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editorial

A clean resolution for Salem power plant controversy

Salem Harbor Power Statio will be turned from a coal- and oil-fired plant into one that runs on natural gas.

Dina Rudick/Globe Staff

Salem Harbor Power Statio will be turned from a coal- and oil-fired plant into one that runs on natural gas.

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In a pact perhaps unprecedented anywhere in the world, the builders of a proposed new natural gas-fired power plant in Salem agreed last week to a schedule of carbon dioxide emissions that gradually declines until 2050, when the plant will shut down. The deal with Footprint Power settled the attempt by the Conservation Law Foundation to block the plant until operators guaranteed that it wouldn’t detract from the Patrick administration’s goal of reducing carbon emissions 80 percent by 2050. The agreement made it a no-brainer for the state’s Energy Facilities Siting Board to give its final approval Thursday by a 5-0 vote.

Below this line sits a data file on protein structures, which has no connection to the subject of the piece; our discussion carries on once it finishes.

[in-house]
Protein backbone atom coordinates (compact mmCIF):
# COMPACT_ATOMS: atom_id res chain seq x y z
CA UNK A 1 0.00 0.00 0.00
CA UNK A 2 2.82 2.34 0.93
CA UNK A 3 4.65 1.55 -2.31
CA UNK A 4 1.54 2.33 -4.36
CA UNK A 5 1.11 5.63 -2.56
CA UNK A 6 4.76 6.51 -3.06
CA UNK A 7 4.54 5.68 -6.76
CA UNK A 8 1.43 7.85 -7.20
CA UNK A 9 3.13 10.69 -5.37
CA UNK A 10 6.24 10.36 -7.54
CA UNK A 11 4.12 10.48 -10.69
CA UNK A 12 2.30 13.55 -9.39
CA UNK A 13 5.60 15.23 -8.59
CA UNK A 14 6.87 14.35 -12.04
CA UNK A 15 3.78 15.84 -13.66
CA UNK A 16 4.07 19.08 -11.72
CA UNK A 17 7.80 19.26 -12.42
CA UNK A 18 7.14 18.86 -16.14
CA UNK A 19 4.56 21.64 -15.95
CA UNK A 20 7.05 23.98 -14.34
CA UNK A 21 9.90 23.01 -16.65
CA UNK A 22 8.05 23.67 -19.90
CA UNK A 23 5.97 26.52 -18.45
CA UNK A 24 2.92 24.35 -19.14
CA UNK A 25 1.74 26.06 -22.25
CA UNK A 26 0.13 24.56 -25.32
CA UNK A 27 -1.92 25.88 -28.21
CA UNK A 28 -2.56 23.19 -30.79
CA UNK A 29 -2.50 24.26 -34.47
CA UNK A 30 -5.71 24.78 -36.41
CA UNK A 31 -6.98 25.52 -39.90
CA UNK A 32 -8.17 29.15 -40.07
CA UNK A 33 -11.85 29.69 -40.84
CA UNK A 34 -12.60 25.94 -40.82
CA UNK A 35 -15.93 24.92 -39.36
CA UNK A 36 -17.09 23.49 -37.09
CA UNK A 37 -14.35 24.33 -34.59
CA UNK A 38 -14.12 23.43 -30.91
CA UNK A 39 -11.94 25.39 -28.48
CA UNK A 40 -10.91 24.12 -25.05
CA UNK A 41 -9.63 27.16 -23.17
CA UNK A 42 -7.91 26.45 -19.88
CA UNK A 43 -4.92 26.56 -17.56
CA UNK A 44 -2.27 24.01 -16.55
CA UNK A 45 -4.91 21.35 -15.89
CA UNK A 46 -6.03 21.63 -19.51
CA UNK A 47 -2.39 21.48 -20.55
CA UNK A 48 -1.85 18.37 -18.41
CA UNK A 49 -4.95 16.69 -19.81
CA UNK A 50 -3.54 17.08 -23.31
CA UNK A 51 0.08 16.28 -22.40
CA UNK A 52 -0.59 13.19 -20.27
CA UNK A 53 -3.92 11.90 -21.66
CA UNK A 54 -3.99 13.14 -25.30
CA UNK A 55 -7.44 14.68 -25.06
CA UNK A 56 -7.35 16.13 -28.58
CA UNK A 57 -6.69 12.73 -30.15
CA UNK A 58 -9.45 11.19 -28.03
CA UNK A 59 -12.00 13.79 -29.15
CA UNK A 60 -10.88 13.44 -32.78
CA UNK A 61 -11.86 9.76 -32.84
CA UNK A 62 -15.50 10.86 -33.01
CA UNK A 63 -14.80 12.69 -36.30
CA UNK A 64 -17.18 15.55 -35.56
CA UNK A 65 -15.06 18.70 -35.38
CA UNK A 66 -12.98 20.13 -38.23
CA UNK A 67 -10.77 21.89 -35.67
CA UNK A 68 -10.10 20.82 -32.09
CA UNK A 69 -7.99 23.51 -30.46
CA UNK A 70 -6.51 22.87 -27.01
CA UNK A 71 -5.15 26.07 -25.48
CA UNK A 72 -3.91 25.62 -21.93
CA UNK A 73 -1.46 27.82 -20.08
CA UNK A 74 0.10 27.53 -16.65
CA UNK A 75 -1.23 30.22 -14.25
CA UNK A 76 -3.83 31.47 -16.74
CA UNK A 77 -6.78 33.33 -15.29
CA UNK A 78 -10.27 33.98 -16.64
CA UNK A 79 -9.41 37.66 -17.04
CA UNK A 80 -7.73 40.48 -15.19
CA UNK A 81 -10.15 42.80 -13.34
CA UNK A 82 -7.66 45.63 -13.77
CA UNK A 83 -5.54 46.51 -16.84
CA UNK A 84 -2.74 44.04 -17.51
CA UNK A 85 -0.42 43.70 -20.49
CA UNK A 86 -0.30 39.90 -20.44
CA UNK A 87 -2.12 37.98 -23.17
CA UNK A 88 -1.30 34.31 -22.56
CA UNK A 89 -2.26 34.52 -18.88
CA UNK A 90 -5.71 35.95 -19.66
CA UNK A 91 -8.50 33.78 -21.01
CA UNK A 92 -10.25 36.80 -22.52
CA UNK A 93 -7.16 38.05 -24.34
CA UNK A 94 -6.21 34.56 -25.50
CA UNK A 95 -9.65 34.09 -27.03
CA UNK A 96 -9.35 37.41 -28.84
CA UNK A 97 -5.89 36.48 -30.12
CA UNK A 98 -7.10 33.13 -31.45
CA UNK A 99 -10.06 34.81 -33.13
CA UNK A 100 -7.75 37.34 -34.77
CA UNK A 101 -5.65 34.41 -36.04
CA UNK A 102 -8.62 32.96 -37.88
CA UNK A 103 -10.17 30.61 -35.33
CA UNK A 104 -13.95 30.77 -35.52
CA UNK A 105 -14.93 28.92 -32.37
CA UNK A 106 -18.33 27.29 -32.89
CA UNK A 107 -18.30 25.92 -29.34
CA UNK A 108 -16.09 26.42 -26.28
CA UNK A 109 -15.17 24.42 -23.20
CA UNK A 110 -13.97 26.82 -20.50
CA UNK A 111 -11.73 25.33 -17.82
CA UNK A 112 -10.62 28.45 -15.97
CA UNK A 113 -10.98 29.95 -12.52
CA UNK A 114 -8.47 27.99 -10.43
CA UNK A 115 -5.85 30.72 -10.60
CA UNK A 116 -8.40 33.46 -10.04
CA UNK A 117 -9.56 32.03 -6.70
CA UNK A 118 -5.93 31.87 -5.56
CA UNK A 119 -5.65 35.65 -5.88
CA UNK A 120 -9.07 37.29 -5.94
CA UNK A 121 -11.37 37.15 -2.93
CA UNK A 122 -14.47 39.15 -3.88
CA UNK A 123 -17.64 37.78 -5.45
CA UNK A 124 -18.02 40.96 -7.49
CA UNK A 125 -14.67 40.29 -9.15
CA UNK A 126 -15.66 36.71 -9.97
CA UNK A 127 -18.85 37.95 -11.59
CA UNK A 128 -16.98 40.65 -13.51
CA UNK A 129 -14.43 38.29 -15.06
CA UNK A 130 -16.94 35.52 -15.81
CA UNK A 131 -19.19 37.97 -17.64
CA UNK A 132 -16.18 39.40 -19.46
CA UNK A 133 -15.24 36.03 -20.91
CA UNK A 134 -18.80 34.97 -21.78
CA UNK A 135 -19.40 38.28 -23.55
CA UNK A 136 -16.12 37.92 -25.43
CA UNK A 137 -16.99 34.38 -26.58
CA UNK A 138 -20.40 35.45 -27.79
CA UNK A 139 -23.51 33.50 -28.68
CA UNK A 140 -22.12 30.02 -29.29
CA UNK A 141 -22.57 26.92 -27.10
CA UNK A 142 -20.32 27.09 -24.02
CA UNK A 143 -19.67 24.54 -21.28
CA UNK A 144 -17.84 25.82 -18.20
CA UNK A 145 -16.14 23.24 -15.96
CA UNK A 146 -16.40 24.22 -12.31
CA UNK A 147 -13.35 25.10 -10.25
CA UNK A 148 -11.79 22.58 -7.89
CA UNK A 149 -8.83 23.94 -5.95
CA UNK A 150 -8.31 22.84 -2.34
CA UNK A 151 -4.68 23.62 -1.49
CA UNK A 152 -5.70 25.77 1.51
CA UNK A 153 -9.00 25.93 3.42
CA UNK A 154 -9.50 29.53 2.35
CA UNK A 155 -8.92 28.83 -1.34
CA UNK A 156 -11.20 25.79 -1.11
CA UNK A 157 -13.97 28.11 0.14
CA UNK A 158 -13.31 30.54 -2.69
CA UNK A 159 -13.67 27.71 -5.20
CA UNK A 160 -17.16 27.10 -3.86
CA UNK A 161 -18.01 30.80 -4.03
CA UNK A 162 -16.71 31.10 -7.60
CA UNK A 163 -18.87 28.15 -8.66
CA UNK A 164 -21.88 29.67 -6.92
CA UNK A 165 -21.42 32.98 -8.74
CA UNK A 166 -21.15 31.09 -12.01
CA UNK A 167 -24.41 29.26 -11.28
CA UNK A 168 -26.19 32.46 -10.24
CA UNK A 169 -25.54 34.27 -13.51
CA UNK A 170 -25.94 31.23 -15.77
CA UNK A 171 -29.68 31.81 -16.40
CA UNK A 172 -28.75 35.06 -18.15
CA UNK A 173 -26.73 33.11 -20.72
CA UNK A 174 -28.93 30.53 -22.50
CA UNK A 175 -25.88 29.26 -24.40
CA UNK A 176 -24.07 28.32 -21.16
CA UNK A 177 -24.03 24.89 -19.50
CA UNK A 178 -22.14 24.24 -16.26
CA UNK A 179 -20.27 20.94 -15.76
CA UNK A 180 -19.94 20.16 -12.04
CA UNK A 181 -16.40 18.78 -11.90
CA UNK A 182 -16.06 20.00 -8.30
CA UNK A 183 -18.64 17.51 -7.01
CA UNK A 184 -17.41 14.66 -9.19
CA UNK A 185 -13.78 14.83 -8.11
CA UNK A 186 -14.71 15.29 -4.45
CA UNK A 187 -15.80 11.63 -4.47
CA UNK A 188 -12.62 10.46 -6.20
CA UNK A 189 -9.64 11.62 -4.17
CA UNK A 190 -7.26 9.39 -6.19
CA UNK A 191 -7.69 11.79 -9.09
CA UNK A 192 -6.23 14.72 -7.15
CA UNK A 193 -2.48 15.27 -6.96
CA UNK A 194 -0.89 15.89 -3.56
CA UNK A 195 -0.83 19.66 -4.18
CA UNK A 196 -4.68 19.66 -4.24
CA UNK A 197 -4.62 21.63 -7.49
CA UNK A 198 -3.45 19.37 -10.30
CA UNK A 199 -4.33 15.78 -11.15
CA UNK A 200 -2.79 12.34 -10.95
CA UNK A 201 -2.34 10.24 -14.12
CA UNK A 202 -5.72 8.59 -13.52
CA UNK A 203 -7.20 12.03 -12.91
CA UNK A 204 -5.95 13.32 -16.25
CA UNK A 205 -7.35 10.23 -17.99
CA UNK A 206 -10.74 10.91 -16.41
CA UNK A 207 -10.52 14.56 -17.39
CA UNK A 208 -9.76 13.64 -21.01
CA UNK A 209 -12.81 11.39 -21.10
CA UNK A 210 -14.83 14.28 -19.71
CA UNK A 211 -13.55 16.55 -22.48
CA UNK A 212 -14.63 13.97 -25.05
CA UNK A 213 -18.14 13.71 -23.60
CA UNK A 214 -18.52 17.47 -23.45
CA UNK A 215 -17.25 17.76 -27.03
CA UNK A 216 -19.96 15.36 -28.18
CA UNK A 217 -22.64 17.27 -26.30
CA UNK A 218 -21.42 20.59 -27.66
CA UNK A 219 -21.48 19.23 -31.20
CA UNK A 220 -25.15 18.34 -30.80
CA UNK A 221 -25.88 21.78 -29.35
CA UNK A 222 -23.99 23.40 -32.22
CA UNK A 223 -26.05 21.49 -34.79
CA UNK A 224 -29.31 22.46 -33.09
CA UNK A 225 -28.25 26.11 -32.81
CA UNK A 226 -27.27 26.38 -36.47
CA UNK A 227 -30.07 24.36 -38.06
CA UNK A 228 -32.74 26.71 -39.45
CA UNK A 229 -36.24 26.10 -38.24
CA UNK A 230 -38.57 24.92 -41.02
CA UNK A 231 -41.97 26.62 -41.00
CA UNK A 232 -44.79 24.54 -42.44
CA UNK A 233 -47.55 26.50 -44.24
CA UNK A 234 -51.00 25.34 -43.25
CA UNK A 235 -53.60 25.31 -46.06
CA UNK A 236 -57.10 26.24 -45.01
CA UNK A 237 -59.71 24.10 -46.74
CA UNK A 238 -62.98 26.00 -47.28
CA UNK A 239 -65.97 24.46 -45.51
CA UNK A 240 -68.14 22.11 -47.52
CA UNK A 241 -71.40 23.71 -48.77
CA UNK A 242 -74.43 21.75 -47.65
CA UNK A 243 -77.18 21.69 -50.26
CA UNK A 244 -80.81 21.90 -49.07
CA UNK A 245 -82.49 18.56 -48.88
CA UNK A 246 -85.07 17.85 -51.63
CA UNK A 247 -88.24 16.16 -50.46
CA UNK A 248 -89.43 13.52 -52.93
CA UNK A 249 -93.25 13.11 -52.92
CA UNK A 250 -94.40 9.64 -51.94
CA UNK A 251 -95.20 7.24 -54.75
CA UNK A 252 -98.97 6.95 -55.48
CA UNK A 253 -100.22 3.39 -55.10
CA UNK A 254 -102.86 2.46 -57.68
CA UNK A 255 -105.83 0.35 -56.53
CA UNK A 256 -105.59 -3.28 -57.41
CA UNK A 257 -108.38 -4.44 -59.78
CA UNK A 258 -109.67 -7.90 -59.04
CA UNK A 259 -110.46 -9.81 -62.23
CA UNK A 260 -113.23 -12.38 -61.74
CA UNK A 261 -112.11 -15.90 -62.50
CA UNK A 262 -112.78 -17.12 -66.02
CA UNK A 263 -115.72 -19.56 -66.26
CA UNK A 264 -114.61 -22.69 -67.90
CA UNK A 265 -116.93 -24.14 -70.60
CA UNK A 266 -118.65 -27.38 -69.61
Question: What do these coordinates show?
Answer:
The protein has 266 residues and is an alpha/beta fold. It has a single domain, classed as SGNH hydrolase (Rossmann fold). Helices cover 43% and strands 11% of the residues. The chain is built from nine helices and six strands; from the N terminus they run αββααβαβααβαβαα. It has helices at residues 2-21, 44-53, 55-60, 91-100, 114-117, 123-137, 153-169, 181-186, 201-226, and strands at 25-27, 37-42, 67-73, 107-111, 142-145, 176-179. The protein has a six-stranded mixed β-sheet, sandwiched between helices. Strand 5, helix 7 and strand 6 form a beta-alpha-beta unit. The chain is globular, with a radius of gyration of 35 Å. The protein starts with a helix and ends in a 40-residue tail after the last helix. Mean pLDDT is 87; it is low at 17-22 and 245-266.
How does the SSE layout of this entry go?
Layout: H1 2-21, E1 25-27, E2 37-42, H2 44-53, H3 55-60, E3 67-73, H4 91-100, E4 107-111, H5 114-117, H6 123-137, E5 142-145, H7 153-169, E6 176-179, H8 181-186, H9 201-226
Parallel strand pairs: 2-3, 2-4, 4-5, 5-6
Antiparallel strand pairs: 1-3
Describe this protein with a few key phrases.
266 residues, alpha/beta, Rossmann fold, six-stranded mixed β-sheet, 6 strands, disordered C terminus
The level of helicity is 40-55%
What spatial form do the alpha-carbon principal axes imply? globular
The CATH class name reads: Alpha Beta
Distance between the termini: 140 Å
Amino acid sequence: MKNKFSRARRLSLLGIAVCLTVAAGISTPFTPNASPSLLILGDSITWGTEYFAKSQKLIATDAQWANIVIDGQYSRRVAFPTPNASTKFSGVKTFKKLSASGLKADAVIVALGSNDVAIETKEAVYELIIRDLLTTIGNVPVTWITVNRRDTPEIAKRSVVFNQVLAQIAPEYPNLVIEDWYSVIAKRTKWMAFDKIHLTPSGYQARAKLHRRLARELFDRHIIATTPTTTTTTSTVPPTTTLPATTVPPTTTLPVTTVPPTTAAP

The approval also clears the way for Salem to redevelop its waterfront, as the plant will take up only 20 of the 65 acres of a current coal-fired plant. The vote did not sit well with all clean-energy supporters, even though natural gas is much cleaner than coal. At the meeting, some protesters sang against the plant to the strumming of a ukulele. Board chair Ann Berwick told them, “I share completely the concerns,” but added, “it is a fantasy that we can keep the lights on, certainly now,” without some continued use of fossil fuels. She’s right — but so was the Conservation Law Foundation, which secured such a forward-looking guarantee of declining emissions.

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